Darkseid Oversize Special #1
Writer: Mark Evanier, Paul Levitz
Artist: Scott Kolins, Ande Parks, Phil Hester
Cover: Chris Burnham
What is the opposite of life?
Is it death? It might seem so, but ultimately death is a part of life. Death provides the shape and form of life, defining its boundaries, and directing its course, as life winds its way away from, around, and, inevitably, towards death.
Death may be an opposing force in life, but can something that is so essential and integral to life truly be considered its opposite?
Birth may be the Alpha, with death as the Omega, but while they exist on opposite ends, they are part of the same alphabet.
The bigger question, of course, is “What is life?”
We’re not going to swim too far out into philosophical waters as part of this recap and review of a comic book, but I will say that while much about life is defined and shaped by death, there are other essential components that add to that definition.
Freedom. Choice. Doubt. Love. Hate. Hope. Regret.
All the messy, joyous, horrible, wonderful experiences that result from being alive.
Take those things – both good and bad – away, and what do you have left? Do you still have Life, or do you have… Anti-Life?
As part of its ongoing celebration of the centennial anniversary of Jack Kirby’s birth, DC has published a series of one-shot specials featuring characters created by the King, combining new stories by current creators, and republished stories from Kirby himself.
One of the latest, and the comic in today’s Spotlight, features one of Kirby’s greatest creations, the villainous Darkseid, who is dedicated to discovering the Anti-Life Equation, a formula that will grant him total control of all sentient beings in the universe.
This is, of course, the reason for the remedial-level philosophical musings at the start of this post, as the concept of the Anti-Life Equation itself is one of the greatest aspects of Darkseid and the larger Fourth World saga, of which the stone-faced Lord of Apokolips is a major component.
All of those things I listed as being part of life? The Anti-Life Equation removes them. This is the key to its power; if you are not capable of making choices, or feeling regret, or love, or, well, anything, you aren’t really alive in any sense beyond the purely biological meaning of the word. You breathe, you walk, you eat, you do what you’re told, but you aren’t living.
If the Equation falls into Darkseid’s hands, you become nothing more than an extension of him, doing only that which he commands.
The Darkseid-like character Thanos over at Marvel, created by Jim Starlin, is a mad godling who is in love with Death, and seeks to offer untold billions and trillions of lives to his coy mistress as an act of courtship, which is terrifying enough, but somehow what Darkseid seeks is even worse.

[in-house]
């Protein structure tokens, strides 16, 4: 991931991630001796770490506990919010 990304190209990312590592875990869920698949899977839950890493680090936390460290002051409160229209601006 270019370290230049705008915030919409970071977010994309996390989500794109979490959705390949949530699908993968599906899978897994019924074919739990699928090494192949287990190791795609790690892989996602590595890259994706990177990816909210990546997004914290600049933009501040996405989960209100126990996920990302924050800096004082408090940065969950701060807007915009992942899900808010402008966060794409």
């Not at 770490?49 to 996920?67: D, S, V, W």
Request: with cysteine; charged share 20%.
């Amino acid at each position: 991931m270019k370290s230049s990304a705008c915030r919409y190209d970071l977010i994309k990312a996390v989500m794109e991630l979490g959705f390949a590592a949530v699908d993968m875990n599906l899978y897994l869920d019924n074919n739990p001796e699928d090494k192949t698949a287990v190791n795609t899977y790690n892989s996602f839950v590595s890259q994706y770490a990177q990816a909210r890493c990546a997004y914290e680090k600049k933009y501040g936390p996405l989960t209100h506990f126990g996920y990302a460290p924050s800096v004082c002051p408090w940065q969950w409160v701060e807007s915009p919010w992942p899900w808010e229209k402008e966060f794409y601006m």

I think that’s because, in some ways, what Darkseid seeks is appealing. There is the notion that, paradoxically, having all choice taken away from you sets you free. Your life, such as it is, has purpose, albeit not one of your choosing, with no room for doubt or guilt. Your every action is justified.
You can justify anything with Anti-Life!
Life will make you doubt! Anti-Life will make you RIGHT!
Certainly, people of an authoritarian mindset, who crave order above all other things, can understand the appeal, and it’s something of a twisted version of the expression “Let Go and Let God,” though typically that expression isn’t applied to the evil god of Apokolips…
It’s also very easy to draw parallels between the character and motivations of Darkseid and the politics of today, which is precisely what writer Mark Evanier does in the main story in this issue, in which we follow the desperate lives of three members of The Resistance living in hiding amongst the other Hunger Dogs who inhabit the Armaghetto.
For years, the three escapees from the orphanage of Granny Goodness have avoided capture by Darksied’s soldiers, attempting – largely in vain – to win others over to their way of thinking about the master of Apokolips, and engaging in simple acts of vandalism, such as writing “Tyrant” in blood and feces on a statue of Darkseid, which, in a world as tightly-controlled as Apokolips is a truly revolutionary act.
In due course, we lose one of our heroes along the way, after Darkseid deploys his Female Furies to do what his squadrons of Parademons could not, who betrays his comrades’ location to Darkseid before being destroyed by the deadly Omega Effect. (Which, in keeping with my earlier Alpha-Omega metaphor can restore any life it destroys, though that doesn’t come into play here.)
Eventually, the Furies find Makayla, the young leader of The Resistance, and bring her before Darkseid, leaving the remaining member, Lukas, who had followed Makayla out of love, free, or at least as free as anyone can be on Apokolips.
During her period of freedom, Makayla maintained a journal using a small Mother Box – a sentient computer – to record her observations, starting each entry with, “Entry: The last day of my life…”
She starts out that way because, in her words, “The high point of my day is just before sleep when I realize it wasn’t.”
As she faces what almost certainly is her last day, Makayla has a thought, and uses her not-yet-confiscated Mother Box to contact Lukas and tell him to stand in a specific spot.
Like any classic villain, Darkseid’s one weakness is his desire to monologue, and Makayla preys on that, expressing her belief that those who are obsessed with power and who rule through fear are themselves ruled by fear: the fear that those who cower before them will stop being afraid. Darkseid concedes that there is truth in this, which is all Makayla needed to hear. Or rather, all she needed to have her Mother Box record her hearing.
She tosses the Mother Box out the window to Lukas, who waits below, knowing that even if today truly is the last day of her life it will have been worth it to have proof that mighty Darkseid is afraid.